A FRIEND told about me his recent walk on the Fredericksburg Heritage Trail. Sidewalks and road improvements have been implemented so families can walk their dogs or take their children on bike rides. This friend simply walked the trail alone, enjoying the relaxation inherent in the surroundings.
Absent the successful efforts to preserve land and improve infrastructure, the simple pleasure of walking along a trail that links Stafford County and Fredericksburg wouldn’t be possible.
I served on the Board of Supervisors in Stafford for 12 years. Our community is a fantastic place to live and raise a family, so it’s no wonder our area enjoys a steady increase in population.
But let’s be real—traffic is a nightmare. And population growth and traffic are directly linked. The more houses we build, the more cars we’ll have on our roads.
Twelve years ago, there were no programs in place to preserve land and virtually no land was protected. Now, more than 10,000 acres have been preserved and we have several robust programs advancing the cause of land preservation.
One of my signature achievements on the board was to lead the way to preserve Crow’s Nest, a natural preserve where some believe Pocahontas played as a child. Even if she didn’t, it was an area enjoyed by the Patowomeck Tribe.
Had we not made arrangements to purchase the land and preserve it for generations to come, it would have eventually become just another residential development. Instead, families can now launch kayaks in waters that lead to the Potomac.
The rest of Stafford has beautiful open land, too. That’s why it’s important for us to remain vigilant in protecting and preserving land while also respecting and protecting private property rights.
There’s a way to preserve land and target growth toward areas with the infrastructure to support them. One such way is called a Purchase of Development Rights. Longtime Stafford families who own farmland can apply to preserve their land and receive compensation for the land being conserved— and protected from development.
The Stafford County website states it this way: “The Purchase of Development Rights (PDR) program enables the Stafford County Government to acquire conservation easements voluntarily offered by property owners as a way to ensure that Stafford’s resources are protected and efficiently used, and limits further residential development on a property.”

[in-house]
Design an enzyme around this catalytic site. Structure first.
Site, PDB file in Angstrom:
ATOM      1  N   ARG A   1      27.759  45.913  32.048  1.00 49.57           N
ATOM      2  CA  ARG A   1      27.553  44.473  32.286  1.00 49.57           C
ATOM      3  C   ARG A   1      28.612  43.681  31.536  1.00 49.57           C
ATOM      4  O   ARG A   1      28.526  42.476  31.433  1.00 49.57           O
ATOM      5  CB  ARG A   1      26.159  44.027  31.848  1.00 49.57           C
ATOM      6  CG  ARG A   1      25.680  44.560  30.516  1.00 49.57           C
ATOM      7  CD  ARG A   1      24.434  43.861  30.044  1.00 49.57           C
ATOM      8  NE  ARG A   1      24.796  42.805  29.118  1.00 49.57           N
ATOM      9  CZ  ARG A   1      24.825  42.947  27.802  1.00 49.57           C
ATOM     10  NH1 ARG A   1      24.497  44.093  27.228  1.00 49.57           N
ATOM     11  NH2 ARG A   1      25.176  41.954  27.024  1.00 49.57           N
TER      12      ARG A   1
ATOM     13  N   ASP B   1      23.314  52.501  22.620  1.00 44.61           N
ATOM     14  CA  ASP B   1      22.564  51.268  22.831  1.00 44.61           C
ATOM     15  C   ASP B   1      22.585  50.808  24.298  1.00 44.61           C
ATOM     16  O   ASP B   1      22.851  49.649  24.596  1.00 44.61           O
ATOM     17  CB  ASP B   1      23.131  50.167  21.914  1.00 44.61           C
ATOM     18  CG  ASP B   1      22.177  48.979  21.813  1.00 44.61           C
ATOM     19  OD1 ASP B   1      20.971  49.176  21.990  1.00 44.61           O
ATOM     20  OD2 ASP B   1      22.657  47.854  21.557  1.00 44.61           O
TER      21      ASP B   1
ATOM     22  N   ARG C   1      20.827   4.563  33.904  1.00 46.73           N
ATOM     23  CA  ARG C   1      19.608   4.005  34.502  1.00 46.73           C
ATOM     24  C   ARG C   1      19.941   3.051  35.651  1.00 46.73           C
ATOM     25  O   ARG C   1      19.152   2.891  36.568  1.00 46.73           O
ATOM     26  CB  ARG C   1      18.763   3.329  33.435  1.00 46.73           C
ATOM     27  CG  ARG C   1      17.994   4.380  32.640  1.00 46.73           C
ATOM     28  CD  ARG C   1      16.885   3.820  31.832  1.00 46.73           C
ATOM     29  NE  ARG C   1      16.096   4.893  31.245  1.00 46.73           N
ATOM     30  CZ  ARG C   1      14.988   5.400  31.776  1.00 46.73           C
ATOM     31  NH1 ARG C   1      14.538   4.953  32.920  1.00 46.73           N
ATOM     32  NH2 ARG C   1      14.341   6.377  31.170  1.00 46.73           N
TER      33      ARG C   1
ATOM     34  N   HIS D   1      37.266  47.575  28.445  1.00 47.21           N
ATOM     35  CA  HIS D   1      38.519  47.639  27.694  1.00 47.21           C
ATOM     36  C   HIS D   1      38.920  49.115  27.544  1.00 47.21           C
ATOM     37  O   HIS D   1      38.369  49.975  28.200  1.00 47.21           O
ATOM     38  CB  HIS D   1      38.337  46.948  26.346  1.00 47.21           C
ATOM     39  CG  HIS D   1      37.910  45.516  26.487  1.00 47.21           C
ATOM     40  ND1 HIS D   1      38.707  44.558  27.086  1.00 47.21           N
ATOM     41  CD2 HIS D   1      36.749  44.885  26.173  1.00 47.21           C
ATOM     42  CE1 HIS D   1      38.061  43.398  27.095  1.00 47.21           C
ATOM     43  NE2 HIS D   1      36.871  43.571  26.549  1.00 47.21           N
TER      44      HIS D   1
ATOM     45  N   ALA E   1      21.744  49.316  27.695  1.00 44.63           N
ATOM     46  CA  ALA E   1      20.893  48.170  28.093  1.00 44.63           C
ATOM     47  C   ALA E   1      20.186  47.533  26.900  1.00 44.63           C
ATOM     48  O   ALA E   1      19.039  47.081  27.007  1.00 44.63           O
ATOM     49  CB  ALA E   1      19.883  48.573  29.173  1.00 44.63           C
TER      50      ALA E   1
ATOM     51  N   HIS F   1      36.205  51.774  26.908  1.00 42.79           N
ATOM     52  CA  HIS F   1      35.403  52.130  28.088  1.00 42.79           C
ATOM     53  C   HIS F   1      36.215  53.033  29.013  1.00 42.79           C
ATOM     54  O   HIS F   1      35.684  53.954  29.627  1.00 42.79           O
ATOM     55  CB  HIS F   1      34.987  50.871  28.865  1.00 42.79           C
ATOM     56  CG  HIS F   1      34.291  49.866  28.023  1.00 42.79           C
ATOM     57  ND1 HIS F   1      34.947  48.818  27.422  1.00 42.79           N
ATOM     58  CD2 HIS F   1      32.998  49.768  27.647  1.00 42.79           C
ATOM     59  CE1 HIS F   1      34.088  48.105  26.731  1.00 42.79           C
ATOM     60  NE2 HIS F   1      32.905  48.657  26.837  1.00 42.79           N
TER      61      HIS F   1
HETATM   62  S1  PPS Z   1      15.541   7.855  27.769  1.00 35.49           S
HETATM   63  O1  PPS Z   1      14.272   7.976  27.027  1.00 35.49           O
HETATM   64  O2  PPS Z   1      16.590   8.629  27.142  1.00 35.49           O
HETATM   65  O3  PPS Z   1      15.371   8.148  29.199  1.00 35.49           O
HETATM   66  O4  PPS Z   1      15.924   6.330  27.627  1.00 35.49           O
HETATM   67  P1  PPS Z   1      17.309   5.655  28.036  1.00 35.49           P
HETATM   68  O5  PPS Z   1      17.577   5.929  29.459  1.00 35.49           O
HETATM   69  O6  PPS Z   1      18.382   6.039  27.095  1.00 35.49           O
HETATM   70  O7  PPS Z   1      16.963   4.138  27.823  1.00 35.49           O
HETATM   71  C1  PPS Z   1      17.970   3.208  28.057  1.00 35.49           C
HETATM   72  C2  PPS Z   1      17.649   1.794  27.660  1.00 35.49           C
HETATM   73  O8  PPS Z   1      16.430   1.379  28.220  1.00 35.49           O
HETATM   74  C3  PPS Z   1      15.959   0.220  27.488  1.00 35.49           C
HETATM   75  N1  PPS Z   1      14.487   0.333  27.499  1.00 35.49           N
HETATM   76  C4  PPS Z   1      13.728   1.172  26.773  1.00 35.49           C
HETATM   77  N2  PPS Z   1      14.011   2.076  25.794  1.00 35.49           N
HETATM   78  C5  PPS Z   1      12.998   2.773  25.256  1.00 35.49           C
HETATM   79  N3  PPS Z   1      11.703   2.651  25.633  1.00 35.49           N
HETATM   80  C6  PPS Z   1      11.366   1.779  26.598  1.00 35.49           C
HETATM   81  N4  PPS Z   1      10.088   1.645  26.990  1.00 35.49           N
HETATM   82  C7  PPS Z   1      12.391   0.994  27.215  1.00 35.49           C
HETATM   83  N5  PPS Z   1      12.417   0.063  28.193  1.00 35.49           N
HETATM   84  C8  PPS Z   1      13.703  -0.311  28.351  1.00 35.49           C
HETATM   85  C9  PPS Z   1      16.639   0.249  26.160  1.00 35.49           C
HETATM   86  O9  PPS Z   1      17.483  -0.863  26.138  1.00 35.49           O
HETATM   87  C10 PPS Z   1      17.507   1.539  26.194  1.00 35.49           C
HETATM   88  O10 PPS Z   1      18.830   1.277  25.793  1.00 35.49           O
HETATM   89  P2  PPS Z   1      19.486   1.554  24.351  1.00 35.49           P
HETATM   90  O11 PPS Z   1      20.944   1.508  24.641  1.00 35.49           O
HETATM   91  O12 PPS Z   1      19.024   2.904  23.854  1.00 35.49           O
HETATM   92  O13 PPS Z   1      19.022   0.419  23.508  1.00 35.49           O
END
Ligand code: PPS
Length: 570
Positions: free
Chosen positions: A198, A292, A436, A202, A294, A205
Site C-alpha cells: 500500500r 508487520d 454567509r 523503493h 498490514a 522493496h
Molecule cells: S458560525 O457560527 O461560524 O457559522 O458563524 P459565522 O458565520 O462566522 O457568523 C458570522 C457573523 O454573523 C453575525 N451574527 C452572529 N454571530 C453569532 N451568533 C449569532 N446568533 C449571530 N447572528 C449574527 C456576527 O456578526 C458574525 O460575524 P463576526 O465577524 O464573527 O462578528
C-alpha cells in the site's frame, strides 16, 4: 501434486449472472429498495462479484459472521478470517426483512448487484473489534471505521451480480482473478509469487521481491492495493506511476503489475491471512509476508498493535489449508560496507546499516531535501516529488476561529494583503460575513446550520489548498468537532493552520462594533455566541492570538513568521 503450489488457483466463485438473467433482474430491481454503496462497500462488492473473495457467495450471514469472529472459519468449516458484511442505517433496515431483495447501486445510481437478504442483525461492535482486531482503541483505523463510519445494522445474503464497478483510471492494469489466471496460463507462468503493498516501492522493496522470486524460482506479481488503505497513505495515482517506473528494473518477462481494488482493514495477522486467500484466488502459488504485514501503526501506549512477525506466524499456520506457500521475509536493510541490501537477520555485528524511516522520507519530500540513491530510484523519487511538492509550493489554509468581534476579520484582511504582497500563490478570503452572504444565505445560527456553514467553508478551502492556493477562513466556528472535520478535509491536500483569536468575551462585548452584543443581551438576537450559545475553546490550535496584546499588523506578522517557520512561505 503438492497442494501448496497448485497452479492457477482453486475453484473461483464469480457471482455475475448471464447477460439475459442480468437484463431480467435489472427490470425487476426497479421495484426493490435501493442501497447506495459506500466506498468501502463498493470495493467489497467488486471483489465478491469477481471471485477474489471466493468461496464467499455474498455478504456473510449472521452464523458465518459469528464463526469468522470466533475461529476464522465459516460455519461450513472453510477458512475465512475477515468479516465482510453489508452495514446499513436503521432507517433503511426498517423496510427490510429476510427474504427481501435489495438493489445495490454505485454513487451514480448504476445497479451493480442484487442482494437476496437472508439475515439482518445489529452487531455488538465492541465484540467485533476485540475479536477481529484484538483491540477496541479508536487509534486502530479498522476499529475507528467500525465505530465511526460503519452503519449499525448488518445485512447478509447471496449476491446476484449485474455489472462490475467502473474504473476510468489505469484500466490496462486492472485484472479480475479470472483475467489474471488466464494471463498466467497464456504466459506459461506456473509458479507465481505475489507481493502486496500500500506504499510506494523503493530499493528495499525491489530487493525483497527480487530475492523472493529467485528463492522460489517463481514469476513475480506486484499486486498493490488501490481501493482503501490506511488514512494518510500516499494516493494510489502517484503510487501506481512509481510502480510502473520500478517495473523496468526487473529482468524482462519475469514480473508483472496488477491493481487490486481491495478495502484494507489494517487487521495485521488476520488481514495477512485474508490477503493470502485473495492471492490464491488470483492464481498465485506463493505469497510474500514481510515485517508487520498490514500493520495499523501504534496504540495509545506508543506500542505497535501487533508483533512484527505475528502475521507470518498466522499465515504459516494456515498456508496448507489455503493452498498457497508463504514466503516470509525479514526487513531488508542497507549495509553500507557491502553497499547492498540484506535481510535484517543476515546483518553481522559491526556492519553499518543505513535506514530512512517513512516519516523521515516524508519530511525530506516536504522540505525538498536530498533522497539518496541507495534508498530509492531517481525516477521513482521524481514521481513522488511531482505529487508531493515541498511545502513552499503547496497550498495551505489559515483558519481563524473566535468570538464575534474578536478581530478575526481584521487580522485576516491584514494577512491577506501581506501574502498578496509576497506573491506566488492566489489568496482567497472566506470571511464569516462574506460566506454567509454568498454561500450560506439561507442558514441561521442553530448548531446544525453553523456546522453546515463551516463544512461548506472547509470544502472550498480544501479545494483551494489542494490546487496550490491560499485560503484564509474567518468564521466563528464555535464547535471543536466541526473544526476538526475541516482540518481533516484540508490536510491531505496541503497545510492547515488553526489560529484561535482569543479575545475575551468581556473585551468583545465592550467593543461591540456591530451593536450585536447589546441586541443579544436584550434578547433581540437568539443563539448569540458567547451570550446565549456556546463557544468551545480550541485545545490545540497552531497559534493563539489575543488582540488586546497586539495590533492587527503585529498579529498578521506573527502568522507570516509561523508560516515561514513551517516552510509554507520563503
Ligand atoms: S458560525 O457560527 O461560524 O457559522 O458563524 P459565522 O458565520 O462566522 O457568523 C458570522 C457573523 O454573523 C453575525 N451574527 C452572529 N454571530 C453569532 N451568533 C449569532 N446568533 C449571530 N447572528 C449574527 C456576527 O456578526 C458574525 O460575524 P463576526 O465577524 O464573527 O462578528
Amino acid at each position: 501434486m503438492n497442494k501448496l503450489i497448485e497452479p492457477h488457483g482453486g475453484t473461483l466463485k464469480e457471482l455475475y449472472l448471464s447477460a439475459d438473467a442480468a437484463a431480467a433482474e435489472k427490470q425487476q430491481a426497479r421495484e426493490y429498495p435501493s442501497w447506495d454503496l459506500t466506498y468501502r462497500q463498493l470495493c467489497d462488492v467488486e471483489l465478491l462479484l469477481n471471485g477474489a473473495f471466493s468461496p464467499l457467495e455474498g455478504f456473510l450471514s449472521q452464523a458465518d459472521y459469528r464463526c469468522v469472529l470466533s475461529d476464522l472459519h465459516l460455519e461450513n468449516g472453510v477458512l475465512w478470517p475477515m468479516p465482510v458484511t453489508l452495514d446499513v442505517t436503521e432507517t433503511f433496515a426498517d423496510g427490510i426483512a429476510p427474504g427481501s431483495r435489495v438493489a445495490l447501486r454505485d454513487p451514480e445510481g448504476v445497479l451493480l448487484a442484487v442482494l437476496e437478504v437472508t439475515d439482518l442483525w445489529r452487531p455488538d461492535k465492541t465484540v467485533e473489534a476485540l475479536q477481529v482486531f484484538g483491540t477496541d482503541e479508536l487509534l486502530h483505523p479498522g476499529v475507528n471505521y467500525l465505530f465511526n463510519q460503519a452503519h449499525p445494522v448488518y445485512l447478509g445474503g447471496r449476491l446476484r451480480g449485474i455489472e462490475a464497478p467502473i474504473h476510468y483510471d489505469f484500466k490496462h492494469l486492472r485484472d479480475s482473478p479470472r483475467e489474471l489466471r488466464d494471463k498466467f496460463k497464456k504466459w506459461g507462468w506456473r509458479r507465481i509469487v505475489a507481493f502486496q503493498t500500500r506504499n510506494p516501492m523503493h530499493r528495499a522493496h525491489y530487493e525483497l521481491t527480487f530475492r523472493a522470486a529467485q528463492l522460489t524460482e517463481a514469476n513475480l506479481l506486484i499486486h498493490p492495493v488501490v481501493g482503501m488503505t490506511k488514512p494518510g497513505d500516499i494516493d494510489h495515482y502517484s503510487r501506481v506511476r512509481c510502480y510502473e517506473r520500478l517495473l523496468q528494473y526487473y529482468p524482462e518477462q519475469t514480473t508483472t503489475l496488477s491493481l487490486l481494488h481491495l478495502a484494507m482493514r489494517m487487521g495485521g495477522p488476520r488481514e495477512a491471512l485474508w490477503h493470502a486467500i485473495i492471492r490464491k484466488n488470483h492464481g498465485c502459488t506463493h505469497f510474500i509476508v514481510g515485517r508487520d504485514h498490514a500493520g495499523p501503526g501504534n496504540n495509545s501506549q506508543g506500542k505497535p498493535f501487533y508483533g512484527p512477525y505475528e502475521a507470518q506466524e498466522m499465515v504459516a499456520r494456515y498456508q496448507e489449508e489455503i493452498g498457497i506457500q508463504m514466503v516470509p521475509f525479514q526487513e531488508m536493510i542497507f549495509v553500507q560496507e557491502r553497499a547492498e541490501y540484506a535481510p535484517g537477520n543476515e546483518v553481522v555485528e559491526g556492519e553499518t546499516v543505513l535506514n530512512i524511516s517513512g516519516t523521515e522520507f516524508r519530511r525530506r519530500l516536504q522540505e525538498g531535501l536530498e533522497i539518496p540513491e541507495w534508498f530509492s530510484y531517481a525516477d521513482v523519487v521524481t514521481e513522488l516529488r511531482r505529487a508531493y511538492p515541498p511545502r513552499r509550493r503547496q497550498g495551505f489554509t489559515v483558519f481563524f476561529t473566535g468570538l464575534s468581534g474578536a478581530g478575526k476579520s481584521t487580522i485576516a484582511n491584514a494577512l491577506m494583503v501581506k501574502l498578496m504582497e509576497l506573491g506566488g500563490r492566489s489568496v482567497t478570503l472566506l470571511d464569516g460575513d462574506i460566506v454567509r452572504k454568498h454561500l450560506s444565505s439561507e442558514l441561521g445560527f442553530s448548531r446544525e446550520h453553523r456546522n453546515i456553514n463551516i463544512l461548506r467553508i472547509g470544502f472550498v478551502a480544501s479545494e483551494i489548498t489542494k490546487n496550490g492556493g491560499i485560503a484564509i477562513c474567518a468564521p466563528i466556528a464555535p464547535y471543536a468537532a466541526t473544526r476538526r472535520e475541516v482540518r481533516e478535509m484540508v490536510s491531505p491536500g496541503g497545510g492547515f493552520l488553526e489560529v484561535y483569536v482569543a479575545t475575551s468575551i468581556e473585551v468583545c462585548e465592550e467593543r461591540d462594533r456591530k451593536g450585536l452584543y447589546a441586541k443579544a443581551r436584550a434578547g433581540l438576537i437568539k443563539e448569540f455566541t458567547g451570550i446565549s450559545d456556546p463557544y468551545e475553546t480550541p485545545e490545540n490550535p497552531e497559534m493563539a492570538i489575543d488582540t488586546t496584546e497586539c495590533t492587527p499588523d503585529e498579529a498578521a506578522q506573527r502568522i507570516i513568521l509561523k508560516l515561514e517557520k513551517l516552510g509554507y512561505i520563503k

There is another way government can “stop growth,” and that’s by taking away your private property rights. It’s called downzoning. Land you own, which has certain buildable rights attached to it, can simply be downgraded to “unbuildable” by the government. It depletes the value of your land. And it eviscerates your constitutional rights.
That’s right, the government can take away your private property.
I fiercely fought for your rights while I served on the Board of Supervisors because I know that land can be preserved without being taken. In fact, we preserved over 10,000 acres of land and we were able to guide growth more prudently toward areas that could sustain it.
It’s now time for Stafford residents to pay attention to what our local government is doing. Once the board eliminates clustering and defunds the PDR program, Stafford will have taken a monumental giant leap backwards.
If downzoning becomes the effective county policy, everyone loses. By adopting policies that target the constitutional rights of some, all of your liberties are endangered.
With reasonable and practical options that do not violate private property rights available to local governments that want to preserve land, there is simply no justification to adopting an extremist approach.
Stafford residents need to protect their individual rights by ensuring the rights of all. Stand up for liberty by letting your supervisor know how you feel about the county’s attempt to embrace downzoning.
Paul Milde is a former chairman of the Stafford County Board of Supervisors.